Ireland’s new Australian signing Tim Cross has revealed that he owes a debt of gratitude to his Ulster-born mother, who was instrumental in persuading him to switch his allegiance from his country of birth, writes John Flack.
Cross, who plays his club hockey for Tilburg in the notoriously tough Dutch top-flight, made his debut against Scotland in Glasgow last week.
He is set to win his fifth cap as Ireland round off their Four Nations campaign against their Spanish hosts in Barcelona today.
It’s been a whirlwind few weeks for Cross, who was named in the squad for this month’s European Championship in Antwerp just two days after winning his first cap.
The midfielder, who can also play in defence, qualifies for Ireland due to the fact he has an Irish passport and players can switch their allegiance provided they haven’t lined out at senior level for another country for at least three years.
Cross’s move bucks the trend somewhat after several Irish players switched to England and Great Britain in the past few years, having previously earned eight caps for the Kookaburras.
They include ex-Annadale star Iain Lewers, former Instonian Mark Gleghorne and Cookstown natives Ian Sloan and David Ames with Banbridge man Kyle Marshall the latest to swap green for red.
Marshall played for England’s Under-21s at the recent European Junior Championship in Valencia and, unlike the other former Ireland players didn’t have to fulfil the three year period in exile as he hadn’t previously played at senior level for Ireland.
Cross says he has no regrets about declaring for Ireland after previously making eight appearances for his native country.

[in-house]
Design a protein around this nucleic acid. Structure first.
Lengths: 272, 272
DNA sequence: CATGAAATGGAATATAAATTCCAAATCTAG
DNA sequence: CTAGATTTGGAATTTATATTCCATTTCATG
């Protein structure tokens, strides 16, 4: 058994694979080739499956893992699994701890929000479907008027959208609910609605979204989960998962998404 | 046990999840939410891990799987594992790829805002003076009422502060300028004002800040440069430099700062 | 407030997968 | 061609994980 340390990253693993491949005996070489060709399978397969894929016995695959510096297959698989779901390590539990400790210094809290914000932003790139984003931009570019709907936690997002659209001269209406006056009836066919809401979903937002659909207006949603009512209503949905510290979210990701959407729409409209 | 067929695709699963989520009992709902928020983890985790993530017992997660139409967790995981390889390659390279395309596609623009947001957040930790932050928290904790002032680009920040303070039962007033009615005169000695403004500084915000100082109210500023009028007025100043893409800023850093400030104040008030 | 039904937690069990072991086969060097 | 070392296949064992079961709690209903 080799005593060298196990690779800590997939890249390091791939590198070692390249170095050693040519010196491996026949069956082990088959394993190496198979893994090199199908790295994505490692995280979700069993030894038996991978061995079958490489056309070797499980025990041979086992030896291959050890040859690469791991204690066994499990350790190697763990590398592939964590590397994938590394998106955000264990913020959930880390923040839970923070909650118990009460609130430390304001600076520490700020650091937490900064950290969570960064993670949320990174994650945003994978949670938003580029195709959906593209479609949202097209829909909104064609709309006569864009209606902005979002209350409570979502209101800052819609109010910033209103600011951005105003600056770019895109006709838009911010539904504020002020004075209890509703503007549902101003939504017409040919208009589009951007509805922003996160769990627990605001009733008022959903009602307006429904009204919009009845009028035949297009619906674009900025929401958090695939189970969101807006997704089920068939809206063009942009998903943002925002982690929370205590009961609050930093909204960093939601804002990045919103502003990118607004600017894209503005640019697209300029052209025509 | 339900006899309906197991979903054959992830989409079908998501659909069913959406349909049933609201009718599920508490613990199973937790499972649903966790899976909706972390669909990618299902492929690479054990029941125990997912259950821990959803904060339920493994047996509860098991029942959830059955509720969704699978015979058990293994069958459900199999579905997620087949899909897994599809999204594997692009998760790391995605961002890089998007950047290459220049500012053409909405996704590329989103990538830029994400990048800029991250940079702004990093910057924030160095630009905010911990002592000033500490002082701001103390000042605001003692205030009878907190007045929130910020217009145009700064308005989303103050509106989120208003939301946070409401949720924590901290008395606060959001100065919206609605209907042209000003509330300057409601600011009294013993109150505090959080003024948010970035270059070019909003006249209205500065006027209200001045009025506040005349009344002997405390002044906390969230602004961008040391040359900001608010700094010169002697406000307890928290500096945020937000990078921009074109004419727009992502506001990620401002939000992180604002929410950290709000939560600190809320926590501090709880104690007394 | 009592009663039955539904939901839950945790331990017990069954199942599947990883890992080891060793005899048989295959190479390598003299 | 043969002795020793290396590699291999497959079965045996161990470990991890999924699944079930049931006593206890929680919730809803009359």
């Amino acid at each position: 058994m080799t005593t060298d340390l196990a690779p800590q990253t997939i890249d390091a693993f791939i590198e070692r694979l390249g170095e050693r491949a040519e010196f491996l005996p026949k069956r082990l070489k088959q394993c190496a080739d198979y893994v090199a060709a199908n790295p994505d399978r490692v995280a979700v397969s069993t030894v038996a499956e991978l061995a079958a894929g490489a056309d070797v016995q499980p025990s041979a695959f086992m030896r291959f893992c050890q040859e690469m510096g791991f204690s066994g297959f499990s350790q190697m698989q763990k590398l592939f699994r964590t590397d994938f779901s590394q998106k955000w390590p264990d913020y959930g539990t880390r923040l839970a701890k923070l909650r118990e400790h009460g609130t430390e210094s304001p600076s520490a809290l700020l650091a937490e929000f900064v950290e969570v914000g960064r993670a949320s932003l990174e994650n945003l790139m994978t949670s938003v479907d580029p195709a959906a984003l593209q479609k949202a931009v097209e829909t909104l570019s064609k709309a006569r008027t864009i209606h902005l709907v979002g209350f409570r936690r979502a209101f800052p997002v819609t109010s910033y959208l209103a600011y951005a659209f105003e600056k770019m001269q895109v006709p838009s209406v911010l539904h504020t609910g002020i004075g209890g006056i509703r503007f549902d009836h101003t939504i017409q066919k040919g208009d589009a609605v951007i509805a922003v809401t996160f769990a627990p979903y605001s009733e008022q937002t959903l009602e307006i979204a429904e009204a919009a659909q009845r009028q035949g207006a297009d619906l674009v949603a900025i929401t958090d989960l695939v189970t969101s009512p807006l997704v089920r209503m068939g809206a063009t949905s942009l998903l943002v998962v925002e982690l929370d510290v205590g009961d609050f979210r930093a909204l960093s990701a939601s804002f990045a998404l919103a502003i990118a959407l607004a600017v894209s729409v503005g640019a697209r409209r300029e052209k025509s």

He enthused: “My mum is originally from Newtownards and she encouraged me to look into the possibility of switching because I had an Irish passport.
“I hadn’t given it much thought before she made the suggestion but I decided I might as well go for it, jump in at the deep end and have a crack at it so here we are today.
“I am really happy with the decision and I have really enjoyed being part of the squad.
“They are a great bunch of guys and they have been really welcoming even though I am not from Ireland.
“I was bit nervous before my first match in which I just wanted to go out and play my usual game and the guys helped me out.
“Once the game started the butterflies disappeared and it was a lot of fun and I’m just glad of the opportunity to continue the journey and play more games at the Europeans.”
Alexander Cox, who became aware of Cross’s ability in the Netherlands where the Ireland boss doubles up as head coach of Kampong said: “Tim can play in two lines, either in defence or midfield and he has good basics as well as an attacking mindset, coming with his Australian hockey background.”